Dispatch: Amber Cove, 'The Future of Puerto Plata'
PHOTO: Amber Cove features seven overwater cabanas. (All photos by Theresa Norton Masek)
Carnival Corp.’s new $85 million Amber Cove development near Puerto Plata, Dominican Republic, is more than just another cruise facility.
It’s essentially creating a new cruise destination in a place that hasn’t seen regularly scheduled ship calls in three decades.
“We’ve waited almost 30 years for a project like this,” said Julio Almonte, vice minister of tourism for Puerto Plata. “The future of Puerto Plata is here in Amber Cove.”
Amber Cove is scheduled to welcome its first ship, the Carnival Victory, on Oct. 6. It will be followed by 140 ship calls by eight Carnival Corp. brands for an expected total of 350,000 cruise passengers in 2016.
The Dominican Republic and Puerto Plata are rolling out the red carpet. I’m currently here with a delegation of travel writers from North America, and tourism officials honored us with an official declaration and a party on the plaza in front of city hall with music, dancers, speeches and stilt walkers. There’s no doubt they appreciate us spreading the word and will welcome cruisers with warm hospitality.
The point is not to keep the cruise passengers captive in Amber Cove, it’s to funnel them into the Dominican experience. “The idea for Amber Cove is to introduce a new destination to cruising,” said David Candib, the senior Carnival Corp. executive who oversaw the development of Amber Cove in partnership with the Rannik family of Grupo B&R.
PHOTO: David Candib, the Carnival Corp. executive who oversaw the development of Amber Cove.
Visitors to Amber Cove can select from 42 shore excursions, including ATV outings, dolphin encounters, surfing lessons, and even VIP experiences for small groups.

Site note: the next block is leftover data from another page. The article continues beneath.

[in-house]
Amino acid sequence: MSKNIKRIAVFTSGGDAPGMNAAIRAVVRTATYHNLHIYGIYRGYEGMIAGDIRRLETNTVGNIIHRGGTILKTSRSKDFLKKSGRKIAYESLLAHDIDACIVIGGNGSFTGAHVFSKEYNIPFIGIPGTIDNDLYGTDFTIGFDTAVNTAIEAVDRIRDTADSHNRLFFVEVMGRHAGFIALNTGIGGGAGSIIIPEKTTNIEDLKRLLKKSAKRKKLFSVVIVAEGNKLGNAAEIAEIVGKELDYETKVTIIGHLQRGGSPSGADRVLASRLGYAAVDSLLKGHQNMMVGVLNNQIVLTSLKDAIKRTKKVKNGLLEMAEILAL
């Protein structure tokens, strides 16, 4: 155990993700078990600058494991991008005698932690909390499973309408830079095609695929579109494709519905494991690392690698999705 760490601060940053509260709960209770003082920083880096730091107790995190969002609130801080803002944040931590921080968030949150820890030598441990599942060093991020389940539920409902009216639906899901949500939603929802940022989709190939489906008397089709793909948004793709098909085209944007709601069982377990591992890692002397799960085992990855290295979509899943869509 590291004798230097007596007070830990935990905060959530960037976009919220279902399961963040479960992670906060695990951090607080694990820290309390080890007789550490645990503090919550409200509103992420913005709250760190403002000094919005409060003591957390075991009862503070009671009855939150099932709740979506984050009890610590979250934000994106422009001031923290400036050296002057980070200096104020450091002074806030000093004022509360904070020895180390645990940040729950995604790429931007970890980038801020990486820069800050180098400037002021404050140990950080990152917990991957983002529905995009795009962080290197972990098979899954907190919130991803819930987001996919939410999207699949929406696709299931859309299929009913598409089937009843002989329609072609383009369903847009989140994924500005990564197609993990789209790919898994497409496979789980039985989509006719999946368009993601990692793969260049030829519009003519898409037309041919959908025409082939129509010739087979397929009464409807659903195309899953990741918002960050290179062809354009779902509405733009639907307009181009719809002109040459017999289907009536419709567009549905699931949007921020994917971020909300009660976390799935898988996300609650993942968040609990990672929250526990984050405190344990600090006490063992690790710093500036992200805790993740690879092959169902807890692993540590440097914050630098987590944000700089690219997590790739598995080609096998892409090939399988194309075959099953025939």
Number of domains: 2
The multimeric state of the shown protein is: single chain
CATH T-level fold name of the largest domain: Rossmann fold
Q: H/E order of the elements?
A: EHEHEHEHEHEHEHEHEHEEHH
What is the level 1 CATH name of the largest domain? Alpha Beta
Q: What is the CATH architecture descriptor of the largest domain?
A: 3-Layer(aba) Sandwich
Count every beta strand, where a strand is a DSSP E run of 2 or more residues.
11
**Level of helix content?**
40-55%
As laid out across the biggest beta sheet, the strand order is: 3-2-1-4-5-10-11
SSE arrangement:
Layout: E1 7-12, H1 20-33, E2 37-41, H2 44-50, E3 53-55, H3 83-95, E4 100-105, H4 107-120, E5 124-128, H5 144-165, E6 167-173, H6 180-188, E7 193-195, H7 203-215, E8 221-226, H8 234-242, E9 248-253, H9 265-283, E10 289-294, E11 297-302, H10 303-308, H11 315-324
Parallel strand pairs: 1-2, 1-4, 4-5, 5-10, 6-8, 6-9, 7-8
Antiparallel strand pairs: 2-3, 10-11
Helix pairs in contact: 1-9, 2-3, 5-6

In fact, officials expect almost 100 percent of cruise passengers visiting Amber Cove to disembark and explore since it’s essentially a new destination for cruisers. Of those, Carnival predicts 60 to 70 percent of passengers will book a shore excursion, almost double than in many cruise destinations, said Amilcar Cascais, vice president-tour operations for Carnival Cruise Line.
The 25-acre Amber Cove development includes six acres reclaimed from the sea. Located on a beautiful, mountain-ringed bay, the development includes a pier that can dock two of the largest cruise ships at the same time. A smaller pier will make it easy for passengers to board boats for shore excursions.
Shops, located in structures built using local architecture styles, will be operated by local vendors and craftspeople as well as well-known retailers such as Diamonds International. There will be eateries, one featuring Dominican cuisine, and several bars, including one called 360 that is perched atop a granite hill.
There’s a big pool with a swim-up bar and two waterslides that start on the granite face. Overhead are two ziplines right next to each other, so people can race as they glide over the swimming pool.
Three kinds of cabanas are available for rent. Seven are overwater, four are built on the granite hill, and three are closer to the pool.
PHOTO: Dominican Republic tourism officials honored visiting travel writers with a lively party on the plaza in Puerto Plata.
There is no beach at Amber Cove as there is at other Carnival-built destinations such as Grand Turk and Mahogany Bay in Honduras. Passengers who want to loll in the sand will have to buy a shore excursion to shuttle them to beaches.
Overall, Amber Cove will inject new life into the Dominican Republic tourism industry. And the locals will welcome it with open arms.
For more information on Amber Cove, visit www.AmberCove.com.
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